UFC determines funds
The Undergraduate Finance Committee decided last week to allocate roughly the same amount as last year to each of the nine campus-wide programming organizations funded by the $35-per-term student activities fee.
The allocations came in the form of a recommendation to Dean of Student Life Holly Sateia, who was in charge of the UFC's proceedings, about how to split up the $430,000 that will be collected this year in activities fees. Last year the committee gave out the same amount.
The funds allocated last week will go into budgets for the 1995-96 fiscal year. A source on the UFC said the committee will meet again in the spring to allocate any additional money raised by the fees that was not accounted for in this year's prediction, which should be between $10,000 and $15,000.
The Student Assembly took the biggest budget cut from last year, roping in only $24,000 -- a decrease of $6,000. Last year's $30,000 allocation already marked a cut of nearly one-third from the Assembly's previous allocation.
"I am quite disappointed in the amount of money we received," Assembly Treasurer Scott Rowekamp '97 said. He said the decision is unfortunate because it may not allow the Assembly to continue some current student programs, like the undergraduate publications fund.
But he said the UFC's decision should make the Assembly realize it needs to be more "fiscally responsible" and prioritize current student projects.
The funding for the Coed, Fraternity, Sorority Council was also decreased -- down $1,000 to $4,000 -- and was earmarked specifically for speakers in the New Member Series, according to Bill Tovell, the CFSC's representative on the UFC.
Last year the CFSC received $5,000 to help houses pay for door monitors to enforce the alcohol policy, Bob Bordone '94, then member of the UFC, told The Dartmouth last November. Tovell said the CFSC asked for $14,000 this year but declined to discuss the reasons behind the UFC's decision.
Other than the Programming Board, which was allocated about $4,000 more than last year, the funding for the remaining groups either held static or was inched up by less than $2,000.
The UFC allocated $66,500 to the athletic department ($65,000 last year); $9,000 to the Class Councils ($9,000 last year); $53,100 to the Council on Student Organizations ($51,600 last year); $20,000 to the Hopkins Center for the Performing Arts ($18,500 last year); $27,000 to the Office of Residential Life ($25,400 last year); and $7,900 to the Office of Student Life ($7,900 last year).
The Programming Board will receive approximately $218,500, which comprises nearly one-half of the UFC's budget.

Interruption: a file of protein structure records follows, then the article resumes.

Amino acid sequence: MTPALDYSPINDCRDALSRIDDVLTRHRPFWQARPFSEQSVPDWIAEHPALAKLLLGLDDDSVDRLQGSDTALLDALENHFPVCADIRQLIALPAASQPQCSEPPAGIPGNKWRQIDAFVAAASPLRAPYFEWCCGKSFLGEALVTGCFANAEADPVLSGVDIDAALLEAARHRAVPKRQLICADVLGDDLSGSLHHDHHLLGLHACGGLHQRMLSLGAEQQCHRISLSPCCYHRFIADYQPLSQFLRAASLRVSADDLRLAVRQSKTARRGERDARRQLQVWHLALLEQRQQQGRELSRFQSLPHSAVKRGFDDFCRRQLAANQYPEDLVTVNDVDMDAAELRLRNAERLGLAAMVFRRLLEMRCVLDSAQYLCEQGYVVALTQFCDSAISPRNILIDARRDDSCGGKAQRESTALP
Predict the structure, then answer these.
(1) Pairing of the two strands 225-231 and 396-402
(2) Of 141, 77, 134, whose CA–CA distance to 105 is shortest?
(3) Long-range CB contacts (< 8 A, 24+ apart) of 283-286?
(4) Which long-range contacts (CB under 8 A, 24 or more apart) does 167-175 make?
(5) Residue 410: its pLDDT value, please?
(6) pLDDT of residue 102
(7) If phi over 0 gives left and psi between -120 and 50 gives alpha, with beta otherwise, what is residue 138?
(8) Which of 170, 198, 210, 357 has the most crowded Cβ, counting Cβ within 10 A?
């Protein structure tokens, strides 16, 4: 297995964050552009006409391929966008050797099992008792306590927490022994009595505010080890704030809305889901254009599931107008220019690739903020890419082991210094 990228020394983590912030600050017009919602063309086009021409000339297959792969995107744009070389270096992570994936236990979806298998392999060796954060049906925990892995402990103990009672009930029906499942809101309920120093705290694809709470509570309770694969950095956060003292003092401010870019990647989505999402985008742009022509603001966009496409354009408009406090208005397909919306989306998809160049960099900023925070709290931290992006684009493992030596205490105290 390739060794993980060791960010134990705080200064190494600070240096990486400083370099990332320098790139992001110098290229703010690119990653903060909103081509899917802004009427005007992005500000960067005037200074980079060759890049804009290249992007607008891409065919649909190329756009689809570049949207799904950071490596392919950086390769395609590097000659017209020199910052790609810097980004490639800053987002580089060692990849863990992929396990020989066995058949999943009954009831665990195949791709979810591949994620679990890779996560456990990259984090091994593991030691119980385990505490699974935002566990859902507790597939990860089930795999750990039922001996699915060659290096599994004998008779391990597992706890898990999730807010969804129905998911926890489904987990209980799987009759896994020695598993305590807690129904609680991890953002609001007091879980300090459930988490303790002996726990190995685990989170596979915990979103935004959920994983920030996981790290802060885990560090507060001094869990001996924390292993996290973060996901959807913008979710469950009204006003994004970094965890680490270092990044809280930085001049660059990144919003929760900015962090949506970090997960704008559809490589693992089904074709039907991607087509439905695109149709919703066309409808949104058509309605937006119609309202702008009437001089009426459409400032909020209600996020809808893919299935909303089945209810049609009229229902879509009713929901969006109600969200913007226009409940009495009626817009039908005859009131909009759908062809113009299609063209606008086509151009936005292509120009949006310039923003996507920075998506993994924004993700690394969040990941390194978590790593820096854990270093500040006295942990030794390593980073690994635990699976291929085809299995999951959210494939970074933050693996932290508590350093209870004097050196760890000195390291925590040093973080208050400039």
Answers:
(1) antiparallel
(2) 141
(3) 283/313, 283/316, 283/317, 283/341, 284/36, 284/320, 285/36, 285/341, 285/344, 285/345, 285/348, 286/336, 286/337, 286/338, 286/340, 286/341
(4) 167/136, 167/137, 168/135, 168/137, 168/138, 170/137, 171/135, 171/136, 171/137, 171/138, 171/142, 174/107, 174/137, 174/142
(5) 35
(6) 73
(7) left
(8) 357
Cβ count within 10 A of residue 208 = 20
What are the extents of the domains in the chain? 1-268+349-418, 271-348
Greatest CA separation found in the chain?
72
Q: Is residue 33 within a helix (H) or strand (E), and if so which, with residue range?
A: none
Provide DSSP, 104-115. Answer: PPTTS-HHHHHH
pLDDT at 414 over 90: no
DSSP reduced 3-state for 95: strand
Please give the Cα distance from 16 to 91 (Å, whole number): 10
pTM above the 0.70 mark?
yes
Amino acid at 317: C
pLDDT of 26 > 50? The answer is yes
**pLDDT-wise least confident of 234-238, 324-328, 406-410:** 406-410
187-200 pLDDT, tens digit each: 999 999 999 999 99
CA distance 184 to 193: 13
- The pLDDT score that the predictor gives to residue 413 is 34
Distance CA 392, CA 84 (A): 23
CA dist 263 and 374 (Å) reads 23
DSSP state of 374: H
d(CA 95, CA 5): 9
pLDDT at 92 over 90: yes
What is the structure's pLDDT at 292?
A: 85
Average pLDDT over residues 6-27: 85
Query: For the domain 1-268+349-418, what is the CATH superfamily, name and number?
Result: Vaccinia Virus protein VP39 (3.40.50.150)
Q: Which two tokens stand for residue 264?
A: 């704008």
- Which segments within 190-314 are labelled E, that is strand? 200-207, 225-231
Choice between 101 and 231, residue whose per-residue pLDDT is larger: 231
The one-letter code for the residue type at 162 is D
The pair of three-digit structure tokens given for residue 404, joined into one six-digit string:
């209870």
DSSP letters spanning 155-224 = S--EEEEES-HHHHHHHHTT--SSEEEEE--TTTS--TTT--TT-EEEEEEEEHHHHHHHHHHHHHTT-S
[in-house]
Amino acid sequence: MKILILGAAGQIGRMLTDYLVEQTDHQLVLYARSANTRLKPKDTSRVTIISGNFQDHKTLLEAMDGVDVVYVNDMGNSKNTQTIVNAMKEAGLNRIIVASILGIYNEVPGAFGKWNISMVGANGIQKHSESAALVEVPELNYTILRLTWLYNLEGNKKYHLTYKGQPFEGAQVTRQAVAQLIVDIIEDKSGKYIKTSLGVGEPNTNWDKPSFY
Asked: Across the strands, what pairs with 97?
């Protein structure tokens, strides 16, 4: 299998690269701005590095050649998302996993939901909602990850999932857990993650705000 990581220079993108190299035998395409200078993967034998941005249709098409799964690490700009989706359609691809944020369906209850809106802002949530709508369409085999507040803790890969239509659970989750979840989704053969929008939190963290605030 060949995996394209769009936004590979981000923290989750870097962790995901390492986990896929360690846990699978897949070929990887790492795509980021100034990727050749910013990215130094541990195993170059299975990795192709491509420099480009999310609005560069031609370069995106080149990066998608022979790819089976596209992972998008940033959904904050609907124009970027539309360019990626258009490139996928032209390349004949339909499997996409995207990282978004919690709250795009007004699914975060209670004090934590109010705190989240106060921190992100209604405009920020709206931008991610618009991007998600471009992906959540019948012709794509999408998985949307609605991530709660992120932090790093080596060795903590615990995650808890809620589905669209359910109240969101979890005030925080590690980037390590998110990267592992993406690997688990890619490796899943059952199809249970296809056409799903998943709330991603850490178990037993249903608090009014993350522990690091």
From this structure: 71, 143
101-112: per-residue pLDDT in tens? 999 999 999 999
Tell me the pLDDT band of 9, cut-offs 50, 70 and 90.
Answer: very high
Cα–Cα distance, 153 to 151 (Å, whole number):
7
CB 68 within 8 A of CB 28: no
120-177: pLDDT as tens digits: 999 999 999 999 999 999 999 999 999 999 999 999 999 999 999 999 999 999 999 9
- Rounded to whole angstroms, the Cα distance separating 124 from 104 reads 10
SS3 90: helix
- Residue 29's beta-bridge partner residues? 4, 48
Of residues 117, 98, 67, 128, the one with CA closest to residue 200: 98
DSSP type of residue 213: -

Tim Rodenberger '95, the Programming Board's representative to the UFC, said he was pleased with the amount his group received. He said the extra money will fund a number of formals during the year, such as on Homecoming and Green Key weekends.
One representative from each of the nine organizations serves on the UFC. This year five at-large members of the student body were selected to serve as well.
Members said they could not discuss specifics of the proceedings, but that proposals submitted by the groups exceeded the budget limit by more than $100,000.
Rodenberger said the process was done fairly and democratically to ensure that all organizations were given an appropriate share of money to continue on-going student programs.
He said each group requesting funds makes a 20-minute-maximum presentation and submits a budget to the group detailing how much money the organization needs and how it plans to spend it.
Sateia said the UFC spent much time scrutinizing proposals to fund programs which sponsor activities in the best interests of students.
She added that the process is a tough situation. UFC members are required to gather information about every area of the organization's finances and ask questions of the other committee members. A majority vote of the committee determines the final appropriations.
Sateia said the UFC had a hard time apportioning the money because each of the organizations had petitioned for more funds than the UFC was able to distribute.
The UFC is not a programming committee and exists to ensure the money is spent according to how it is proposed. It is not the UFC's duty to judge the merits of the program, Sateia said.